Under decentralised bargaining systems, industrial action is only legal during the period in which employees and employers bargain on wages and other conditions of employment, so long as the action is supporting or advancing claims in relation to the enterprise bargaining, and that the existing agreement has passed its nominal expiry date. Accordingly, neither party may legally engage in industrial action when an agreement is in place (except over Occupational Health and Safety issues). However, disputes sometimes occur outside these periods.
More recent times have seen significant changes to the workplace relations landscape in Australia. The introduction of the Workplace Relations Amendment (Work Choices) Act 2005 represented a movement towards a single, unified system of labour law, through the use of the corporations powers of the constitution. Work Choices resulted in key areas of change in the workplace relations environment, such as new arrangements for setting minimum wages and conditions, award simplification and rationalisation, a changed role for the Australian Industrial Relations Commission and the creation of the Australian Fair Pay Commission, increased regulation of industrial disputes, and changes to unfair dismissal laws.
The Fair Work Act 2009, which took effect on 1 July 2009, replaced the Workplace Relations Amendment (Work Choices) Act 2005. While the new legislation has resulted in considerable change to the workplace relations landscape, the general structure of a unitary national system for workplace relations, based primarily on the powers of the constitution, has remained. In addition, all states and territories, except Western Australia, had already or have now referred their workplace relations powers with respect to sole traders and partnerships to the Commonwealth as of 2011 (while Victoria, Northern Territory and Australian Capital Territory did not have a state workplace relations system in operation). This has seen the proportion of employees who are in the federal jurisdiction rise to 87% in 2010. As well as the introduction of modern awards, a set of minimum National Employment Standards were introduced from early 2010. The Fair Work Act 2009 also established Fair Work Australia (now Fair Work Commission) to operate as the body responsible for setting minimum wages and conditions for employees in the national workplace relations system.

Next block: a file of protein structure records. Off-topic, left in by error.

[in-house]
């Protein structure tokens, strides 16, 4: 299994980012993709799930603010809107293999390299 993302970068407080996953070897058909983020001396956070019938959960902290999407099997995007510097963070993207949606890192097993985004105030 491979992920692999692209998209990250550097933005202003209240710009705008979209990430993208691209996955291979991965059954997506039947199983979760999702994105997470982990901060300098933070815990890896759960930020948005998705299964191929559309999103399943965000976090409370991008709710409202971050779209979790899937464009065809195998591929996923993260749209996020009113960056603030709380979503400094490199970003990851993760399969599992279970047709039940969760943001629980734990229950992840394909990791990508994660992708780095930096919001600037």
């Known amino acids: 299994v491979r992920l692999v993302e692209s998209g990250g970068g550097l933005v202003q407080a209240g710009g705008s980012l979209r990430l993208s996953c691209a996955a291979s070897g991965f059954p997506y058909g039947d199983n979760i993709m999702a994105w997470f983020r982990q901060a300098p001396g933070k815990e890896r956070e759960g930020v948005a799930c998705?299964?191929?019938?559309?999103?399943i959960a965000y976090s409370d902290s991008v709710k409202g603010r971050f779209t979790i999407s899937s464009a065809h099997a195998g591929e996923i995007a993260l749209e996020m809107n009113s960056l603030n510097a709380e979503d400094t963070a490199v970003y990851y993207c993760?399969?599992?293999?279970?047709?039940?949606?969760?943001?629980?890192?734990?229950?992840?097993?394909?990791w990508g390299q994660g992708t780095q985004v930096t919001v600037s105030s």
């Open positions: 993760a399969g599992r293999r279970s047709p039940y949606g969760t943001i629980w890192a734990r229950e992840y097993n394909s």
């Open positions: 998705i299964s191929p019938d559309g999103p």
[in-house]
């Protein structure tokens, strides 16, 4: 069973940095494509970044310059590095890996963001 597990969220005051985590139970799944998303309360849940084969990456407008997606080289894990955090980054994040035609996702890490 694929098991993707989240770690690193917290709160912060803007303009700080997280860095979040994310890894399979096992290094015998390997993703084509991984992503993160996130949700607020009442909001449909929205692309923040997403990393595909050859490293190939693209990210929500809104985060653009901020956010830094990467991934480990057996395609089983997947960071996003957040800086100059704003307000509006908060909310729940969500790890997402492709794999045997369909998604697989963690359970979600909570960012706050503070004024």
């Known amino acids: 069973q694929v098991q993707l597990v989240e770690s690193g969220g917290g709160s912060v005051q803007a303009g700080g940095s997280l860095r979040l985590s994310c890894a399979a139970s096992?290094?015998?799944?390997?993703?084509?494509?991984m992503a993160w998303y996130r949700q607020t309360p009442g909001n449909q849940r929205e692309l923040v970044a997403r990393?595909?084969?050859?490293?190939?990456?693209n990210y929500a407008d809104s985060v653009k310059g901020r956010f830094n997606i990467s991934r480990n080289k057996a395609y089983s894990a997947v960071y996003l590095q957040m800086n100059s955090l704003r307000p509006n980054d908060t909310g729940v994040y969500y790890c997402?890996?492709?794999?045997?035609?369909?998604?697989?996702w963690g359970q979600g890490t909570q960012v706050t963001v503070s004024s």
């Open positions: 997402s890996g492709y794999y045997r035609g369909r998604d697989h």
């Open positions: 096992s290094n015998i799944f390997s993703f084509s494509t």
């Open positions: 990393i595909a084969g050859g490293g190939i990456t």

On 26 November 2015 the Fair Work Amendment Act 2015 came into effect. The Act amended the Fair Work Act 2009 to: reform greenfields agreement making, including to apply good faith bargaining rules to negotiations and to provide an optional six month notified negotiation period; introduce measures to maintain the value of monies held by the Commonwealth for underpaid workers; provide that a request for extended unpaid parental leave cannot be refused unless the employer has given the employee a reasonable opportunity to discuss the request; and provide that an application for a protected action ballot can only be made once bargaining for a proposed enterprise agreement has commenced (footnote 1).
The Australian Government introduced the Fair Work Amendment (Remaining 2014 Measures) Bill 2015 into Parliament on 3 December 2015. The Bill includes: measures to provide clarity and certainty for employees and employers around the use of individual flexibility arrangements, while maintaining existing protections for employees; reforms to transfer of business rules to provide that where an employee transfers to an associated entity of their current employer on their own initiative, their industrial instrument will not transfer with them; and reforms to union workplace access rules to address excessive workplace visits for discussion purposes (footnote 1).
METHODS OF SETTING PAY
Statistical measures relating to how employees' pay is set (such as award only or through an agreement) are used to monitor the effects of industrial and workplace relations reforms and wages policy.